Diana had always nurtured others and been a caregiver. In 2012 that challenge fell to me.  Having previously survived breast cancer, she was diagnosed with colon cancer.  Despite surgeries, radiation and chemotherapy she continued to bring light and joy to all who knew her.  For five years she showed what real courage was but in the Spring, 2017 her cancer had returned and we were told that it would be appropriate to make final arrangements. Diana did not fear death and wished to spare others from prolonged suffering - she chose MAiD.  On St Patrick’s Day, 2018 her journey ended, peacefully, at home, surrounded by family and friends, as she planned. While MAiD is a law in Canada, it is not universally accepted.  The Diana Pathway is part of my legacy to her and her gift of support to those who would choose to follow.

Panelist Melissa Sulley: Melissa leads HHA-Hamilton Halton in care and passion through our Pre and Perinatal Hospice Program, she is also the owner of josiah+co.  A bit more about Melissa...

 

"After experiencing multiple pregnancy losses, I realized there was a lack of support in the community for grieving families. I began my small business, josiah+co., as a way to share my story and to encourage others to not grieve alone. I am passionate about building supportive communities for those impacted by pregnancy and infant loss." 

Other Great Workshops To Look Forward To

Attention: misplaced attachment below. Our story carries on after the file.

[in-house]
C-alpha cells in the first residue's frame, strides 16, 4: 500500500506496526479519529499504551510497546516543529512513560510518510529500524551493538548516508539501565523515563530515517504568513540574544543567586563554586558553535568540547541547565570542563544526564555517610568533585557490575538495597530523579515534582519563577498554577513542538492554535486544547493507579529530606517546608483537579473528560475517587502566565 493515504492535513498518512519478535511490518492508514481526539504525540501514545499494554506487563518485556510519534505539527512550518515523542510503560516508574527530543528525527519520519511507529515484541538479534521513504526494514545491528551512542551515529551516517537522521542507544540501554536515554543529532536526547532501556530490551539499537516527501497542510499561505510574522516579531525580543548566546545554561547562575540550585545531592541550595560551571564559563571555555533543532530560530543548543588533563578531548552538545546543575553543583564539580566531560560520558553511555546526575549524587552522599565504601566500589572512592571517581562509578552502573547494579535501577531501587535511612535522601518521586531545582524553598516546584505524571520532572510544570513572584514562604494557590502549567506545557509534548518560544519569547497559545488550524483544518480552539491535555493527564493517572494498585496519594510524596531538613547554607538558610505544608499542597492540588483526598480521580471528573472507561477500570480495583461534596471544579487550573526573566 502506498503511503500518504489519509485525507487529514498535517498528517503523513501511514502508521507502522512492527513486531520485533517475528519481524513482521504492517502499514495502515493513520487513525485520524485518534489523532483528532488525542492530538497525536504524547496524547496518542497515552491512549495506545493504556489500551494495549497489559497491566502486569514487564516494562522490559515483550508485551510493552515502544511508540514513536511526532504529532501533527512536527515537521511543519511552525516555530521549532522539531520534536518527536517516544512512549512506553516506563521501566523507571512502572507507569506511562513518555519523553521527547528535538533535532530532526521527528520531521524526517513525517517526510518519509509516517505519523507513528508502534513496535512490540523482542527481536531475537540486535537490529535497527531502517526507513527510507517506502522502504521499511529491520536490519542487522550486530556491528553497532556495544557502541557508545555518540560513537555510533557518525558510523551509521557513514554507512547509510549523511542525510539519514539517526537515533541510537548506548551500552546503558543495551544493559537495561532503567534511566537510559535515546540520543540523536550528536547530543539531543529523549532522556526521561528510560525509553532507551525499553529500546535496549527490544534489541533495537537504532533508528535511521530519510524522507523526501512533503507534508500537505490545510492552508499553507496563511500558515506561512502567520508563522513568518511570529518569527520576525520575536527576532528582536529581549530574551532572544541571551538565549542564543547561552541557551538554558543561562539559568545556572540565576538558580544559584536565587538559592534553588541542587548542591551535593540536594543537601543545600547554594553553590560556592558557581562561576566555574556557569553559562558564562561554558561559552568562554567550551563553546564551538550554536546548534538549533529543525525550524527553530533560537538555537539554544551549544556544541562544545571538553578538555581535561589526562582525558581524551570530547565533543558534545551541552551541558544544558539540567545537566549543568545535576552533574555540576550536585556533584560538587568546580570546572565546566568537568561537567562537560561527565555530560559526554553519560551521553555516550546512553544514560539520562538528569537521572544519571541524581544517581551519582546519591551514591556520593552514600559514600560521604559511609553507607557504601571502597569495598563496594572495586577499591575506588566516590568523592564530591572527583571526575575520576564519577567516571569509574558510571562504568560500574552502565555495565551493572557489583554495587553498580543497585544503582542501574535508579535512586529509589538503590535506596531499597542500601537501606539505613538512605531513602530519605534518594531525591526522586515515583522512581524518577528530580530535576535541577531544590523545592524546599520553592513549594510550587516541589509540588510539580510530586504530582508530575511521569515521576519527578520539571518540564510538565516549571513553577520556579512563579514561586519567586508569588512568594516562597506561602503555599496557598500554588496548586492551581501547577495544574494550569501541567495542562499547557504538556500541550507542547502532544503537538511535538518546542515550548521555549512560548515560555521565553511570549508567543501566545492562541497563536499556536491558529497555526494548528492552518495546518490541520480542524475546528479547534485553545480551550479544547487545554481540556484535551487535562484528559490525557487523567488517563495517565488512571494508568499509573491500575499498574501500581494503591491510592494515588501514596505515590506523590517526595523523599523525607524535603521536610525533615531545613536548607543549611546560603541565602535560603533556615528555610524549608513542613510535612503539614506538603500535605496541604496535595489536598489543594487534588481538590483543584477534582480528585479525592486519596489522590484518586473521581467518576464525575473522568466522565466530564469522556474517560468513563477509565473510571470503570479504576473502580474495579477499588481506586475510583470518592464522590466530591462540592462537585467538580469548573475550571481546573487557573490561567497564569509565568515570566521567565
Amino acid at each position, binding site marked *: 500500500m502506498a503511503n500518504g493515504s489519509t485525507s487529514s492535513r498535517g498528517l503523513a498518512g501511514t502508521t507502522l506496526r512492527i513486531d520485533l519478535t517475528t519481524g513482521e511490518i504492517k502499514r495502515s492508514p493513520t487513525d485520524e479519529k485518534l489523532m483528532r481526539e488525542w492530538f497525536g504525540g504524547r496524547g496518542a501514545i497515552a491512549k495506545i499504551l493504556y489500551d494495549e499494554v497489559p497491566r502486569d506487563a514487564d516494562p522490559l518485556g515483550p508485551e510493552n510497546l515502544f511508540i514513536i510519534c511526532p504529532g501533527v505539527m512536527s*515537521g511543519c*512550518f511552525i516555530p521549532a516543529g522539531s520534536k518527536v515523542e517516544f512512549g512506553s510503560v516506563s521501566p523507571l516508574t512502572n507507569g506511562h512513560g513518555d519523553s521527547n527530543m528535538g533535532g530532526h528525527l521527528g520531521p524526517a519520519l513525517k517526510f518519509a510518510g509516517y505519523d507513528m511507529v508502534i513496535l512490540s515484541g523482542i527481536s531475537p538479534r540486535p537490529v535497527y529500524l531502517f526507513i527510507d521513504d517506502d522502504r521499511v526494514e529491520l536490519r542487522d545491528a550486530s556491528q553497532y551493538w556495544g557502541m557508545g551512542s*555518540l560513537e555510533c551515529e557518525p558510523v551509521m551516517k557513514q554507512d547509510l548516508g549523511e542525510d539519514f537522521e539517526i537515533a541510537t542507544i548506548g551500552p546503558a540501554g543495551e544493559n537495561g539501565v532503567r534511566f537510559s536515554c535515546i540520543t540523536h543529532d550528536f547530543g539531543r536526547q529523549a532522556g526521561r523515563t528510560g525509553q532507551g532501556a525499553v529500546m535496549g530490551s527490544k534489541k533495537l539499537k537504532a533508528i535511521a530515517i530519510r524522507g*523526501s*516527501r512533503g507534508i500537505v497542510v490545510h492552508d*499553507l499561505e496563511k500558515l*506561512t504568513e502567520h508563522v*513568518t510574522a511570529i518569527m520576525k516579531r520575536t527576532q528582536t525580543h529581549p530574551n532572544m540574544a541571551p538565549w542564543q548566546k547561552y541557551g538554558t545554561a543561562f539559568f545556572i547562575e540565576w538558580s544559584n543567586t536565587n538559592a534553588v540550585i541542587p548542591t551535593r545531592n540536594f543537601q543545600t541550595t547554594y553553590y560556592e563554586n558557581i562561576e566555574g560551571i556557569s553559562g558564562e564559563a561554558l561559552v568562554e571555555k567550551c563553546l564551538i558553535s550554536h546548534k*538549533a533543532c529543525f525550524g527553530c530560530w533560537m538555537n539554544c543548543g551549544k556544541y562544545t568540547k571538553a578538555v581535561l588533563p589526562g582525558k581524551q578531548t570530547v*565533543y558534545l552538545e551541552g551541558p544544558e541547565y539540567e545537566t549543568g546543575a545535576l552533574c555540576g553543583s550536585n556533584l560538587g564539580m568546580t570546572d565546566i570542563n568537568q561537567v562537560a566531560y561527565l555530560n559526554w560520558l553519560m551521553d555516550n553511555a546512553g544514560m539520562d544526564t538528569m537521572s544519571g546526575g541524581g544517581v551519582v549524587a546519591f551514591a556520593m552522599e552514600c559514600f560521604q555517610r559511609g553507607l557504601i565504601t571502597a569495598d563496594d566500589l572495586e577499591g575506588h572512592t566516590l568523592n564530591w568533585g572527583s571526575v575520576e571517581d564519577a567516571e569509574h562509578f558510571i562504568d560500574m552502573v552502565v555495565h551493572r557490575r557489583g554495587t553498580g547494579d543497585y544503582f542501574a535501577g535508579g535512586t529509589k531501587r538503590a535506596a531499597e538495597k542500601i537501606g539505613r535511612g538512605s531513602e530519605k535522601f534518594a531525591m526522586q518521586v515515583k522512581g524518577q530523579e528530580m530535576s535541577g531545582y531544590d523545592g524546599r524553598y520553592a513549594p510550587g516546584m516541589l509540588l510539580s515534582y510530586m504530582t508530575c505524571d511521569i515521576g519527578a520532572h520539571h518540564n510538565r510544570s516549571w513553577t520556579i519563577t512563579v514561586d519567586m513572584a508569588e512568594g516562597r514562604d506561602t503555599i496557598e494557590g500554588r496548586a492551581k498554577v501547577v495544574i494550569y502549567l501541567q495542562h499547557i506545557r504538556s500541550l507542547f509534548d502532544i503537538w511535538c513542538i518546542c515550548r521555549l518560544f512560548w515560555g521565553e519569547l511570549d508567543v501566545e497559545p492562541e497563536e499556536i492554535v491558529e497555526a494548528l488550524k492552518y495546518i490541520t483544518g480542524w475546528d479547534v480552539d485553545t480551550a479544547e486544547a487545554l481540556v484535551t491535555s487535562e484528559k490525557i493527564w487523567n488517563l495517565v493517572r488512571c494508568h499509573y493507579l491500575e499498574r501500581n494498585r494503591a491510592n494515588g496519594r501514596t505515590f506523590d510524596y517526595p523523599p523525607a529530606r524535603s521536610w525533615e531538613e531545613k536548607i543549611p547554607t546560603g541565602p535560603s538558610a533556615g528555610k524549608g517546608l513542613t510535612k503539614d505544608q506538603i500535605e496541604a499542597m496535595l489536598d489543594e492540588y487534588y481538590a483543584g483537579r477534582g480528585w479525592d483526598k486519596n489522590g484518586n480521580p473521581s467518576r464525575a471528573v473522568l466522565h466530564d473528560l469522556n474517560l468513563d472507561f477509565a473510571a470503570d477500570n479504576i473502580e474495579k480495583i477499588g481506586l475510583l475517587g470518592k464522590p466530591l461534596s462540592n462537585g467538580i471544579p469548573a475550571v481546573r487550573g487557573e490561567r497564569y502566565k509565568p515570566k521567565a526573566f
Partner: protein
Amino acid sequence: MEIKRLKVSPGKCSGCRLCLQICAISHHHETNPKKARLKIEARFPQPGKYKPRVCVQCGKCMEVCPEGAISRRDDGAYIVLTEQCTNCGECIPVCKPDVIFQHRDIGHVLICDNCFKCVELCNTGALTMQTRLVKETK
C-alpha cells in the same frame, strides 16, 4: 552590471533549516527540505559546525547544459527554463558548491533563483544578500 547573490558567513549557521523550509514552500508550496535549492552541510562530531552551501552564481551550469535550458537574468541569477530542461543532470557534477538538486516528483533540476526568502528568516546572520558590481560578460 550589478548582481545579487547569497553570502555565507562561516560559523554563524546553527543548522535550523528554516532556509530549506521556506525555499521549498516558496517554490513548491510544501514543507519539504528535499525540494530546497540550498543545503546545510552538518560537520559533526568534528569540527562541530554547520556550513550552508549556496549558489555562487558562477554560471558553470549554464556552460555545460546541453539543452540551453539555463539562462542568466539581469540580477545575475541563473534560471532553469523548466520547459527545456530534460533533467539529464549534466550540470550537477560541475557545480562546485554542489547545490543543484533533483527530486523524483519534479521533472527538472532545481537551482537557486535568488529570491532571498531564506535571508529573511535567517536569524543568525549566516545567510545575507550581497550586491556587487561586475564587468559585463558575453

Many Faces of Compassion is an educational series aiming to provide valuable information and resources for volunteer, family and professional caregivers supporting someone with a life-threatening illness. 

Compassion is what motivates us to go out of our way to help the physical, mental, or emotional pains of another and ourselves….  Do you consider yourself a compassionate person?  Would you like to learn more about how to be the most compassionate person towards others AND yourself?

Our days are busier and busier it seems. Each Many Faces of Compassion event is a time for you to “breathe” and through that sense of peace learn, practical ways to care for ourselves and others.  Will it make our days less busy?  Likely not.  It will however make us more aware of how to make time for compassion in the middle of that busy-ness.

Who is Many Faces of Compassion for: Volunteer, familial and professional caregivers. “One in four Canadians aged 15 and older (7.8 million) provided care to a family member or friend with a long-term health condition, a physical or mental disability, or problems related to aging” (Statistics Canada, 2018).  Further “over half (55%) of caregivers felt worried or anxious as a result of their caregiving responsibilities” (Statistics Canada; Portrait of Caregivers, 2012). The theme, “Walking In Each Other’s Shoes”, portrays an important message: “you are not alone”.